- The Washington Times - Saturday, May 24, 2008

FOXBOROUGH, Mass. — On paper, Garett Ince’s faceoff performance against Duke in the regular season was strong, a 15-for-27 performance two weeks after taking over as a starter at Virginia.

In reality, the freshman frequently committed turnovers shortly after securing possession as the Cavaliers stumbled to a 19-9 loss.

Ince, however, has grown up in the last month and will be a vital figure when second-seeded Virginia (14-3) meets third-seeded Syracuse (14-2) in today’s NCAA tournament semifinals at Gillette Stadium.

“I think he’s always been good on the draw,” junior long pole Mike Timms said. “What he’s improved is handling pressure once he’s got the ball. That’s the big thing for us, having him step up and be able to handle the pressure and not be intimidated. Like any freshman, he was a little scared and turned the ball over when he probably shouldn’t have.”

The stakes are even greater in the first championship weekend contested in New England since the event went to a final four format in 1986. The Cavaliers squeaked out a pair of one-goal victories to reach their seventh final four in 10 years, and Ince overcame a sluggish start last week against Maryland to go 5-for-6 on faceoffs in the second half.

It will probably be difficult to enjoy a similar streak today. Syracuse’s Danny Brennan leads the nation with a .679 percentage and helped the Orange go 19-for-30 on faceoffs against Virginia in March.

Ince played sparingly that day, producing a 1-for-5 outing while sophomore Brian McDermott handled the bulk of the work. The arrangement continued for more than half the season until McDermott suffered an injury in practice in early April.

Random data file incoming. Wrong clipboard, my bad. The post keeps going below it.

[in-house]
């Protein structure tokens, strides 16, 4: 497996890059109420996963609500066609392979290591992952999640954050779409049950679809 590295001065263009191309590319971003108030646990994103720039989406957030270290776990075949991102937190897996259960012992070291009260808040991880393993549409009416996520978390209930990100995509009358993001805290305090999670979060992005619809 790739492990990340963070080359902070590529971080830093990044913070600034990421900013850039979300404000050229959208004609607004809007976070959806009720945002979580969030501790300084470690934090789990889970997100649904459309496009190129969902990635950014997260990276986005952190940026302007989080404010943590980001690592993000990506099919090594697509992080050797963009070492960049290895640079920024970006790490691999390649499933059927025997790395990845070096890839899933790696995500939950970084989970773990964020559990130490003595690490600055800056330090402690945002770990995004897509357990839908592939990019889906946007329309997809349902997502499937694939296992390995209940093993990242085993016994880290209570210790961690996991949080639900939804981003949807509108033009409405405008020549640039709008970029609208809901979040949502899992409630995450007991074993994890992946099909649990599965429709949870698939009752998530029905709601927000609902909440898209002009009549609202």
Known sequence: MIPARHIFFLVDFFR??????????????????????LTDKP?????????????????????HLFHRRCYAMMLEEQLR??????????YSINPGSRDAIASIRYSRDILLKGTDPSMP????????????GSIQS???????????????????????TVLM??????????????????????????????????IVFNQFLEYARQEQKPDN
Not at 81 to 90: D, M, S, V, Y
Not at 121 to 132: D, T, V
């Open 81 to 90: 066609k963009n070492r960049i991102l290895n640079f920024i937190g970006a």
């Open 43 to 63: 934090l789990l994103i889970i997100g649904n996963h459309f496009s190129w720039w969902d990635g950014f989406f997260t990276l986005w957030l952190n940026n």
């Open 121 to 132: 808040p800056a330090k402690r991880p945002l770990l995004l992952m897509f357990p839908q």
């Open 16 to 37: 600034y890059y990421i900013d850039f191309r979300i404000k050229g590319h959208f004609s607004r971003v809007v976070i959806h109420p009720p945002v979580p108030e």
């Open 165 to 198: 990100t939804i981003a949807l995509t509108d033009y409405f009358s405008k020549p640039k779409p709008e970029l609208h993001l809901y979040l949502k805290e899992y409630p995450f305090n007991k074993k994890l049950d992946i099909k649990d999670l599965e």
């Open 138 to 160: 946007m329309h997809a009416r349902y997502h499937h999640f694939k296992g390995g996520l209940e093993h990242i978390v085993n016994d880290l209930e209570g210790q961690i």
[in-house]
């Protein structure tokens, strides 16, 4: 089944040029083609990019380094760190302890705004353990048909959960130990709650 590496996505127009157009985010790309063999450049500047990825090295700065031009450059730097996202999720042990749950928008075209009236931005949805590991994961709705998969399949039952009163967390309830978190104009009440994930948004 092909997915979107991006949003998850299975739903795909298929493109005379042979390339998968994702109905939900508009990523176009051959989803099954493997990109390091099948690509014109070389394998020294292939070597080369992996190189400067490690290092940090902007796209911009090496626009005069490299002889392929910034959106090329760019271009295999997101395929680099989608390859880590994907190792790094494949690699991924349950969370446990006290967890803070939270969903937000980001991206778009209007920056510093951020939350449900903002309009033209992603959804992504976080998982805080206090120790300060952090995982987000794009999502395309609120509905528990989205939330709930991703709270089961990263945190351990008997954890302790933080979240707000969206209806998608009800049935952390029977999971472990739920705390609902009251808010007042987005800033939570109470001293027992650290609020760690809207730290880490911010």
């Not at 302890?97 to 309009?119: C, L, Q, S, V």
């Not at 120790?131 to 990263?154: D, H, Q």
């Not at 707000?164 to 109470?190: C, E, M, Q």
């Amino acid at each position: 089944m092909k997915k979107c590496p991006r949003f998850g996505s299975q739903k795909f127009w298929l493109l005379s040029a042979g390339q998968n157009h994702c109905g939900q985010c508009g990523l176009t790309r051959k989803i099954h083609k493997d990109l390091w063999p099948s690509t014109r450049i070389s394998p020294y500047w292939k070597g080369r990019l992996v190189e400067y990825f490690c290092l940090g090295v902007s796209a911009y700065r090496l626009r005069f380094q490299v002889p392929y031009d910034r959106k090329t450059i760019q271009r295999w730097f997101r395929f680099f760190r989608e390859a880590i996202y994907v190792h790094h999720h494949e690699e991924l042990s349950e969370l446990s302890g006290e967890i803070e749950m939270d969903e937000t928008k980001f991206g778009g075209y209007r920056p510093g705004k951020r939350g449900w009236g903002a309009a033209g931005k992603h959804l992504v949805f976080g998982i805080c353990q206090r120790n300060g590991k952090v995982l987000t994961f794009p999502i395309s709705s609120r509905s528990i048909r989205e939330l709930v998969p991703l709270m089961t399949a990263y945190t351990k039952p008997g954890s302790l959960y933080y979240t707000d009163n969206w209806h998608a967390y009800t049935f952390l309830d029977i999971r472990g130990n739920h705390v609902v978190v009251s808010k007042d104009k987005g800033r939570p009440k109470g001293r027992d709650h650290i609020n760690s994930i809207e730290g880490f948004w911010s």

It created an opportunity for Ince, a Canadian who drew interest from Syracuse before ultimately choosing Virginia.

“To be honest, I was pretty excited,” Ince said. “I was a little bit scared. After you do it one game, you kind of get into a groove and all the sudden you’re playing college ball.”

It wasn’t an ideal situation for the Cavaliers, who remained entrenched in the top five throughout the season despite switching both faceoff men and goalies.

While goalie Bud Petit was a fifth-year senior and a known commodity in the program, Virginia coach Dom Starsia couldn’t be sure what he would get from Ince. Of course, he didn’t have much of a choice, either.

“If a single player had to be picked for our most improved player, it might be Garett Ince,” Starsia said. “I didn’t know if he’d better or not for this challenge, but he’s getting better and I think that’s had a lot to do with our late-season success.”

Ince’s sound play — his .532 percentage has lifted Virginia above break-even for the season — is aided by the sound play of the Cavaliers’ wings. Starsia has deployed two Hoover-like poles (Timms and Ken Clausen) at times in the last month, providing a groundball lift for the freshman.

But Ince matured as well, and both Starsia and Timms noticed a change in approach in the last month.

“He’s a tough kid, and he has shown that at times,” Timms said. “He didn’t show it too much early. He’s one of the fastest kids when he puts his mind to it and actually wants to run. He’s huge and real strong.”

His physicality could give him a chance against the equally bulky Brennan, who is coming off a 17-for-24 outing against well-regarded Notre Dame faceoff specialist Taylor Clagett.

“I’m curious what it’s going to be like,” Ince said. “I think one of the main things is I’m going to try to go a bit earlier and try to overpower him.”

And perhaps get Virginia back in the national final after a one-year hiatus in the process.

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